This is just one of the points that Dairygold Co-op hopes it can clarify in one-to-one meetings with members, between now and the proposed introduction of its new milk supply agreement (MSA) by the end of March, 2013. The co-op also said that those suppliers who remain static in production are adequately covered in terms of their shareholding.
In such a case, the only element of funding that will impact all milk suppliers is the revolving fund. For the average [300,000 litre] milk supplier who is not expanding, this means contributing 0.38c per litre for a maximum of 60 months in the seven-year period, taking the 75,000-litre exemption into account.
The co-op also said it is delighted to see that so many milk suppliers have signed the new contracts.
Dairygold chief executive, Jim Woulfe, said: “Dairygold is in the confident position of having a firm plan in place for post-quota expansion. The plan we have developed was well-researched, it gives due consideration to the diverse interests of all our members, and is balanced and fair. Following extensive consultation over the past 18 months, it has now been overwhelmingly endorsed by the society’s representative structure.”
Dairygold’s CEO said the new MSA does not provide a commitment on milk price as the company cannot predict future market returns. However, he said the company’s position in the 2011 KPMG milk price audit demonstrates that it is a farmer-owned co-op committed to returning the best possible milk price.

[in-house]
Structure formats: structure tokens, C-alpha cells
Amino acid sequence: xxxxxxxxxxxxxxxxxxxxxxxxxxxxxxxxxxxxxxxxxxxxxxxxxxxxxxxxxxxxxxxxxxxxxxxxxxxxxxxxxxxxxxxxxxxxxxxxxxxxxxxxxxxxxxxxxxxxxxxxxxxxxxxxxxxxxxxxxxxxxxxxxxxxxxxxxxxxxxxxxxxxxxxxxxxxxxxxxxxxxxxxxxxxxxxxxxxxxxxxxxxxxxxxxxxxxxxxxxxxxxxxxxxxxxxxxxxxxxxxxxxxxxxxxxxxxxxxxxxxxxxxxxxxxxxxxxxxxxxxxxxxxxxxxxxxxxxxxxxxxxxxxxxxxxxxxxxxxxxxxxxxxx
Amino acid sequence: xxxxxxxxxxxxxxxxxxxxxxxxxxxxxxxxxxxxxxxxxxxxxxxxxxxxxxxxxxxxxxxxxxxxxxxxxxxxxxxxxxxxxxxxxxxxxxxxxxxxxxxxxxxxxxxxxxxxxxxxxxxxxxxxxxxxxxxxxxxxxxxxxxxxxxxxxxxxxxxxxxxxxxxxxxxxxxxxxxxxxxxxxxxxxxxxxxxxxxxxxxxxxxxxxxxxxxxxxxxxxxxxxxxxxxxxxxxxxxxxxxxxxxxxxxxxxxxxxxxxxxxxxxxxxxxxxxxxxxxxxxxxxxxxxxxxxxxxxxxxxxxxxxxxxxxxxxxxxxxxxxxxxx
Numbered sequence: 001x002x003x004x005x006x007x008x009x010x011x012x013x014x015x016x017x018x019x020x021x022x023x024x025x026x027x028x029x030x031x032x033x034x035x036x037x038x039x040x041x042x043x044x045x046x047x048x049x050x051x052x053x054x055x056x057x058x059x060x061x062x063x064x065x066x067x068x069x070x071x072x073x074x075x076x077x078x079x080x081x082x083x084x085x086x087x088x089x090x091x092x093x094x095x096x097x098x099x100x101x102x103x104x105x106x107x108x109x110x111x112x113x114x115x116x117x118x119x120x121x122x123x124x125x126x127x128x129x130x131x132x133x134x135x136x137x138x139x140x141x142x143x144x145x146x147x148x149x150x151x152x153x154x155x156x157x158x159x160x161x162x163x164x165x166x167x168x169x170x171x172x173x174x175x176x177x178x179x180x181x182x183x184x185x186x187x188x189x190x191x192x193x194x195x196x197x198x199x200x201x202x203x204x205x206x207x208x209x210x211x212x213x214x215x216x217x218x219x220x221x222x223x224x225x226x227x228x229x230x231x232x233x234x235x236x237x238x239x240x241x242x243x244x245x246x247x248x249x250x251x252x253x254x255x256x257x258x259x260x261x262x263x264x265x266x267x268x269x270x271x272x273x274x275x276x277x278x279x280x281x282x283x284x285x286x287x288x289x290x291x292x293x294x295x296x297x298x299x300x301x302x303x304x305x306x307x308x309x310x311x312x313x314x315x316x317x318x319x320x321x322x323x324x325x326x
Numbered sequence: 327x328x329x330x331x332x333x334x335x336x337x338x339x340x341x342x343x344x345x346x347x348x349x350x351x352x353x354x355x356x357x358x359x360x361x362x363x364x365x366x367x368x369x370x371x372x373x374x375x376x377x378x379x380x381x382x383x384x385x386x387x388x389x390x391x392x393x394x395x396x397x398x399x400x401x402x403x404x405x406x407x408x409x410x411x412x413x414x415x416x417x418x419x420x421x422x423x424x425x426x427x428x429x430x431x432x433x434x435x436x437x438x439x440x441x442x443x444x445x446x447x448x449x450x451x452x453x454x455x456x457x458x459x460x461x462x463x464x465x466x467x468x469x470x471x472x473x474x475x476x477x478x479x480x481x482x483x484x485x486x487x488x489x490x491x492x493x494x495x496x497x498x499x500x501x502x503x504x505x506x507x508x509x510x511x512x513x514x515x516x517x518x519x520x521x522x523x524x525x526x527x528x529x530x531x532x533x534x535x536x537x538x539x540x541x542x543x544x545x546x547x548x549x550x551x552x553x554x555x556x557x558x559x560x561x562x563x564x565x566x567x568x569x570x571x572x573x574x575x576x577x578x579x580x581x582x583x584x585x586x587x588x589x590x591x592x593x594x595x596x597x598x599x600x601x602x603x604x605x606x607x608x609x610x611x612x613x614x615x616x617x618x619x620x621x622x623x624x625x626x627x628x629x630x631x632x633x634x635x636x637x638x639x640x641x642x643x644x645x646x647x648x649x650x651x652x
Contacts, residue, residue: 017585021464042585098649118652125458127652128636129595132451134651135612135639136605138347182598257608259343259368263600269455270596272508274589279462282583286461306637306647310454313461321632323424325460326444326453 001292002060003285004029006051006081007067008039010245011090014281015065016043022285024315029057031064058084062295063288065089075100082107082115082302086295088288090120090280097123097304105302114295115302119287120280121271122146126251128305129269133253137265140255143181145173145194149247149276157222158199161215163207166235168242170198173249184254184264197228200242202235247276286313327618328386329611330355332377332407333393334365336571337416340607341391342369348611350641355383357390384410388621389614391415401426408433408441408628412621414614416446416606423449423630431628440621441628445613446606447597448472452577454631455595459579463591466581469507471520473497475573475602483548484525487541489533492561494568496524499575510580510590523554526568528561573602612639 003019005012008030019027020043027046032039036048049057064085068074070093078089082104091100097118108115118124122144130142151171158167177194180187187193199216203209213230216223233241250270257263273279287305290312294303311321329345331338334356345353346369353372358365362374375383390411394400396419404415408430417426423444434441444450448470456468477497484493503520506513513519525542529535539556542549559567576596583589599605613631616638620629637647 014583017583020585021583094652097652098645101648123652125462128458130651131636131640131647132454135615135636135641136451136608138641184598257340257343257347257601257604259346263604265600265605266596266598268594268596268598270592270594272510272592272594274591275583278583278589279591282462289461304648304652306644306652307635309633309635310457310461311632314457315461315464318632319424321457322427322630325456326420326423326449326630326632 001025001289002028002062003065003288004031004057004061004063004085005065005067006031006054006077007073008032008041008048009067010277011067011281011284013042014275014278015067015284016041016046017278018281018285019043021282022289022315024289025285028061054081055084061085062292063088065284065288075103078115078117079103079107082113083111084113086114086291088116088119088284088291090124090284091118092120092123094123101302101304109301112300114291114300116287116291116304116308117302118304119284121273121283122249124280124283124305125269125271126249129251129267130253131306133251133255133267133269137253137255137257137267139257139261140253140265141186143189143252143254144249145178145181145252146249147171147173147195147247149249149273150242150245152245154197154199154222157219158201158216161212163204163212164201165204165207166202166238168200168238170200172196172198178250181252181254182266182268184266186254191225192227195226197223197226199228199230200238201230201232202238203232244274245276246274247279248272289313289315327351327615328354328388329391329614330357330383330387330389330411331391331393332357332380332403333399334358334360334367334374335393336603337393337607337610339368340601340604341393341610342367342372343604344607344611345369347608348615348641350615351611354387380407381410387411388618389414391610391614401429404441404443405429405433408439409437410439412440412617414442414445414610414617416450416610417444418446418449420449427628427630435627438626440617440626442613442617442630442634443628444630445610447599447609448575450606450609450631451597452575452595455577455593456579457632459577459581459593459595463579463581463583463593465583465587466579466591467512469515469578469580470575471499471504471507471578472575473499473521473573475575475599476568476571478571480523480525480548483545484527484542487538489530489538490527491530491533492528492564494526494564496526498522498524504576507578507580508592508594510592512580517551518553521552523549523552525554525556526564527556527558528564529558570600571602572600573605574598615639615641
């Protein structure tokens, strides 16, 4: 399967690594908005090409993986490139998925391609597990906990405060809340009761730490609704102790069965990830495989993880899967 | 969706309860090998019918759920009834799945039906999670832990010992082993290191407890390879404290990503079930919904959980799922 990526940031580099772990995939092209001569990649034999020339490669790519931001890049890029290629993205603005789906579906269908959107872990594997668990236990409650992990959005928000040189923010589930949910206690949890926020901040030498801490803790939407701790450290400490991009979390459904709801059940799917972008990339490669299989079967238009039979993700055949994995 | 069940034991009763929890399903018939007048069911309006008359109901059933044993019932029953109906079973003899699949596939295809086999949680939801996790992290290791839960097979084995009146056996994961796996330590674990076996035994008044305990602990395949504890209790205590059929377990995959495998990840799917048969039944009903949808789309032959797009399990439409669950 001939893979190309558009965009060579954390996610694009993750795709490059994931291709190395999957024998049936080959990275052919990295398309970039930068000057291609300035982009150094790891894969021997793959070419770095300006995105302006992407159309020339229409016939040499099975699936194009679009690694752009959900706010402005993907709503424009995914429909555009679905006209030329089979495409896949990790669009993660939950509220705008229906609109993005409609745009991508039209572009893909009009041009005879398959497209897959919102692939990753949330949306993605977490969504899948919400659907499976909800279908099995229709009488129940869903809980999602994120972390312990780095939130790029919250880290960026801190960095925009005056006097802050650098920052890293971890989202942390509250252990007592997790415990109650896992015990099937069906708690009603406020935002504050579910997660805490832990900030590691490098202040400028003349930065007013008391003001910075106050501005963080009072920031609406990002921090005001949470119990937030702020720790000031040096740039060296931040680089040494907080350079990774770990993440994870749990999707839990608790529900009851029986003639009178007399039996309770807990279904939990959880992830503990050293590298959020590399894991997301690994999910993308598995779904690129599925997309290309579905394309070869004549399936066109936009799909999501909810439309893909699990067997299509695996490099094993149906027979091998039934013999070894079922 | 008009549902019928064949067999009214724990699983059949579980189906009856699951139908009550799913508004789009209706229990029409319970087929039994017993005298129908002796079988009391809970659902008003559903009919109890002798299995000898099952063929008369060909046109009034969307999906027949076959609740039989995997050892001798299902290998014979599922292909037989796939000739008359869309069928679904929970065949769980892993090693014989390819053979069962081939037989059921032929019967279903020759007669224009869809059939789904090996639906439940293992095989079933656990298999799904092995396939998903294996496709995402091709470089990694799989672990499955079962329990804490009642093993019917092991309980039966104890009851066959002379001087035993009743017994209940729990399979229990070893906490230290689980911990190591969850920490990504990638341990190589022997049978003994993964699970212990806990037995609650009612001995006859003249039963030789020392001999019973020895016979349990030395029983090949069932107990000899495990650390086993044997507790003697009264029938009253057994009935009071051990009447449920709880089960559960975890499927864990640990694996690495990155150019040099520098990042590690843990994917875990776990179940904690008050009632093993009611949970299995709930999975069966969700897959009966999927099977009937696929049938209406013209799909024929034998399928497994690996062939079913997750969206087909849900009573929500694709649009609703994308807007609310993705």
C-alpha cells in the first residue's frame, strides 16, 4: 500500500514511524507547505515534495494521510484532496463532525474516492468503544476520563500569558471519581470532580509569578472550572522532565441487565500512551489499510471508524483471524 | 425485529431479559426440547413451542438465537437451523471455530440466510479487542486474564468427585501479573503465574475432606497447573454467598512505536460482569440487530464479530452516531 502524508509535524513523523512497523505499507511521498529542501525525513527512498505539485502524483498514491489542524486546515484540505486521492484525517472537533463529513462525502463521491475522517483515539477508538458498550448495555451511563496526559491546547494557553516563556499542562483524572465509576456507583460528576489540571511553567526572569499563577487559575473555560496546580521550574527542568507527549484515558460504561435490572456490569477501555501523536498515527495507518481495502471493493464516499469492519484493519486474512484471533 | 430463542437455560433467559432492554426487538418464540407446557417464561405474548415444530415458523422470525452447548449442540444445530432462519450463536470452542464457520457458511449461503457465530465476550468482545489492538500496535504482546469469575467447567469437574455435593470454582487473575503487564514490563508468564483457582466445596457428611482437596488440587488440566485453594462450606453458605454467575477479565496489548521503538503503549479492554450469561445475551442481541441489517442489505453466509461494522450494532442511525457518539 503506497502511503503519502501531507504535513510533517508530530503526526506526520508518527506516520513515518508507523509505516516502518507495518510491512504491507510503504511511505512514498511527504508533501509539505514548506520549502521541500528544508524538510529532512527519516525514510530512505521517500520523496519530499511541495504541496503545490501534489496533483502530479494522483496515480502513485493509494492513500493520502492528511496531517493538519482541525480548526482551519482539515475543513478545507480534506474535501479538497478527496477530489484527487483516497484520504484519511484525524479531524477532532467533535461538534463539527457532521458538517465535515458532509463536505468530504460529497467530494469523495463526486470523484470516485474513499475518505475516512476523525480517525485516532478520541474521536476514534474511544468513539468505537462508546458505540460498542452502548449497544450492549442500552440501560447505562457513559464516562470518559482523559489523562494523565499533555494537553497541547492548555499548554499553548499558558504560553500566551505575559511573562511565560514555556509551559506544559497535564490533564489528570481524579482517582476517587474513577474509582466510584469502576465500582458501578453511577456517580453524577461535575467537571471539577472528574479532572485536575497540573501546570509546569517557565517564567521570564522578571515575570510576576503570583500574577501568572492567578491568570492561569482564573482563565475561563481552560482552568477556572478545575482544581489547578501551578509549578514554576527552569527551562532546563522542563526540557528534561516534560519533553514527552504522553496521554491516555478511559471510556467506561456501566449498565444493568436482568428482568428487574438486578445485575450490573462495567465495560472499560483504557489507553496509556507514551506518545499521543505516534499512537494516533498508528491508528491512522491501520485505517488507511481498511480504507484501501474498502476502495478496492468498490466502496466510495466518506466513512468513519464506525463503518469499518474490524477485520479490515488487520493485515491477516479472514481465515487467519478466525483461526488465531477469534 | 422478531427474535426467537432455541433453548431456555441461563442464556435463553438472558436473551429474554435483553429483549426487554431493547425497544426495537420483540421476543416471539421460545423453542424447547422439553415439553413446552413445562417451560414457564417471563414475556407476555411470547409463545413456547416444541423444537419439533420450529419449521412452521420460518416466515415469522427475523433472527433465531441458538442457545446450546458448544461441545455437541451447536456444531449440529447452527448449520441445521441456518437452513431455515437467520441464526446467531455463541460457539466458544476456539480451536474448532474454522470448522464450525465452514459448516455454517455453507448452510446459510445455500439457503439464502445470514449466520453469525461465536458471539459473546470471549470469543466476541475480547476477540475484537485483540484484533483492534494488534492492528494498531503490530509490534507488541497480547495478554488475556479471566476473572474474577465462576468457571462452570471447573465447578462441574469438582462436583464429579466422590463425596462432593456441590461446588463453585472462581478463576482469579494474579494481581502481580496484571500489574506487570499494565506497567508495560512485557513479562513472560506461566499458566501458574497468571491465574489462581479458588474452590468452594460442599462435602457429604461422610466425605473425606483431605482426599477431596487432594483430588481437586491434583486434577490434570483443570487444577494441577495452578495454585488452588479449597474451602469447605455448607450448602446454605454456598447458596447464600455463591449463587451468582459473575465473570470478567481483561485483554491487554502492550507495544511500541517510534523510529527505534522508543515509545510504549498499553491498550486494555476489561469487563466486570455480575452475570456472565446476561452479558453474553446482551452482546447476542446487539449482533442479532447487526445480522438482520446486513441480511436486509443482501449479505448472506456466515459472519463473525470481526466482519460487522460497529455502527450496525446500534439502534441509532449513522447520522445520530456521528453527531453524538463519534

“It is encouraging that a large number of suppliers have already returned signed milk supply agreements. The latest date for submission of the MSA is Mar 31, 2013, and in the lead up to that date we will work to ensure all milk suppliers know exactly what’s required. Having clarity by that date is essential if the co-op is to mobilise plans for investment and expansion in time for 2015,” said Mr Woulfe. “We have already engaged with hundreds of milk suppliers, through regional and area meetings and on a one-to-one basis, and they understand the necessity of the milk supply agreement.
“Over the coming months, we will work to ensure that every milk supplier has all the information needed. In order to alleviate any anxiety with respect to milk forecasting, the society plans to engage in one-to-one consultations with all milk suppliers to prepare milk-volume forecasts for the years ahead.
“In tandem with that, we have written to all milk suppliers with an individual projection, for demonstration purposes, of the member funding contributions which would apply, based on their 2012 milk-volume forecasts. Most suppliers will pay less than 0.5c per litre, as they already meet the required minimum shareholding. The maximum, monthly contribution required from any supplier for the period up to March 2015 is less than 1 cent per litre (comprising less than 0.5 cent per litre to the revolving fund, and 0.5c per litre to shareholding).”
In regard to member funding, Mr Woulfe said that all contributions are repayable. Revolving fund contributions are repayable in seven years, with interest; shareholding contributions will be repaid on share redemption at retirement and will benefit from share dividend annually.